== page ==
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Set Intentions & Create Healthy Habits

Being my best

As we go about our daily routines, many of us can feel like we are constantly running a race that does not seem to stop. Between hectic mornings where we rush to get ourselves to work and kids to school, to navigating the day to day busyness of our jobs, and then coming home and continuing on with the hurried schedule of kids activities, homework, and eating dinner all while striving to get everyone to bed at a reasonable hour. Or you may relate to having a job where you work well beyond a “typical” workday and find that by the time you finally are finished, you do not have much of the day left for yourself and what little you do have you feel too exhausted to do much of anything. How about parents with young children who may feel like they are on a hamster wheel? And these are the days where everything goes as planned. Well how often does that truly happen?


 It is no wonder that we may find ourselves feeling tired, irritable, stressed, anxious, and overwhelmed for starters. While we may acknowledge that we want things to look different and to slow down the pace of things, we also might not know where to start and what to tackle first. In fact, some of you reading this may have set an intention this year to be more purposeful with your daily schedule and the activities you do individually and decide to do collectively as a family. In our previous blog about intention setting, it was discussed how it can be beneficial to set an intention, which focuses on the relationship with ourselves in the present moment to create internal change rather than a goal which often is achievement based and tied to specific outcomes in the future. While the excitement of the new year is typically the time that many people feel energized about creating intentions, by the time spring rolls around, you might find yourself not having given these a second thought. Or you may have taken steps and then lost steam. It does not hurt to give ourselves this gentle reminder: it is never too late to revitalize intentions. Let’s use trees blooming in spring as a metaphor for growth and new possibilities.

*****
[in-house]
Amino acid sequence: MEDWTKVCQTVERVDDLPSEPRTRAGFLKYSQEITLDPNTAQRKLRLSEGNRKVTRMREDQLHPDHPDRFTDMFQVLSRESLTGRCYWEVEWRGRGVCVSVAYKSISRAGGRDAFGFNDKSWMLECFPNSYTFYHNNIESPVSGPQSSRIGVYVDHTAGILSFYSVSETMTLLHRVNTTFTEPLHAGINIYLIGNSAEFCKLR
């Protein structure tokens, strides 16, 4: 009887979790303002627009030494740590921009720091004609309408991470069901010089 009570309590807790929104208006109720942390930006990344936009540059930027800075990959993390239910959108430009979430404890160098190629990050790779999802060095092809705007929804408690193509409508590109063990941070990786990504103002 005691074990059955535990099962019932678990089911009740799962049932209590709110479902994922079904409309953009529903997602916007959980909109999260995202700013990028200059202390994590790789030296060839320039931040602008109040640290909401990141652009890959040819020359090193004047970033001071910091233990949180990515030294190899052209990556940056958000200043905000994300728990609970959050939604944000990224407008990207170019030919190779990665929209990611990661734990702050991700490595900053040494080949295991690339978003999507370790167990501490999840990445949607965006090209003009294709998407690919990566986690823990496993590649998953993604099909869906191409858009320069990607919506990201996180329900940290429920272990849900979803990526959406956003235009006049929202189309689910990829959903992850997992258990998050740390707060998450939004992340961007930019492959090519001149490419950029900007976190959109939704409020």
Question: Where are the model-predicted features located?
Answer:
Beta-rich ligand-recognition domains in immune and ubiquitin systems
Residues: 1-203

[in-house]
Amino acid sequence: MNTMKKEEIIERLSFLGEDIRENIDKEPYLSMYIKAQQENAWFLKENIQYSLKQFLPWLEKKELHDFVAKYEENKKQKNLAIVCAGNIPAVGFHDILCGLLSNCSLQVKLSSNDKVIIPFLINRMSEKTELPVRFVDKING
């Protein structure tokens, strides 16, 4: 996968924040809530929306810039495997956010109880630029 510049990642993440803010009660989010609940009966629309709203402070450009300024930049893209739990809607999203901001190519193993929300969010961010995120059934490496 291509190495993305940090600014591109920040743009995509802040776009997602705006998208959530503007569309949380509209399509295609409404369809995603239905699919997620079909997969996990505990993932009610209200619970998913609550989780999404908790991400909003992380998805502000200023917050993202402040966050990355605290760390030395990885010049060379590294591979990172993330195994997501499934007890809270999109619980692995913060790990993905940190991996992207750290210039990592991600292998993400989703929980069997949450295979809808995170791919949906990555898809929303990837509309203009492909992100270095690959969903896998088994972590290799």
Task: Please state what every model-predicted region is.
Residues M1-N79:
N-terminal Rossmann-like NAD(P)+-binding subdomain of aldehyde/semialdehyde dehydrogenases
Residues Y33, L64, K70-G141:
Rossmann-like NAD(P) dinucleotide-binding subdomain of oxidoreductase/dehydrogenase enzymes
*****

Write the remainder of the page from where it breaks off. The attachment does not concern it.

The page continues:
Cherry Blossoms

Now is the perfect time to check in with yourself. As an example, we can think of intentions that align with our practice’s name, Think Happy Live Healthy, such as the following:

  • I will focus on having meaningful connections with loved ones each week.

  • I will strive to show myself self-compassion on a daily basis. 

  • I will help protect my peace by setting and maintaining healthy boundaries. 

These intentions are rooted in the present, are open ended and phrased positively, and tie back to core values. Considering these factors, among others, can help you create intentions that truly resonate with you. Once you take the time to come up with intentions that you feel good about, then you can start thinking about how to build on those intentions and create healthy habits. Continuing with the first example intention listed above, here are a few ideas to get started:

Reflect on your routine: Starting from a place of what is working well currently can be a good place to begin. What activities are already happening that you would like to see more of? Are there certain times that naturally occur during the week that it would be easier to build off of when trying to connect? You may wish to break down your daily routine into smaller “chunks” of time to assist with exploring possibilities for prioritizing meaningful connections to help make this a habit. 

Identify roadblocks proactively: Let’s say that you focusing on having meaningful connections with loved ones each week involves creating a work schedule that allows you to be home earlier on certain school nights to spend more time with family. Having a continuous practice of thinking through potential obstacles can help you determine if the plan you have created is reasonable, and if not, what would be useful to revise. Involving others to encourage accountability can also be very beneficial to navigating challenges that arise. 

Focus on the “why”: It may be helpful to also think about the motivating factors that are influencing your intention, so in this example, striving to have meaningful connections with loved ones. Regularly reflecting on what the intention you have created means to you can increase your commitment to it. In other words, focusing on the bigger picture can lead you to feeling more grounded and committed to creating and maintaining healthy habits that are important to you.

As always, Think Happy Live Healthy is here to support you. Please reach out to us here. 

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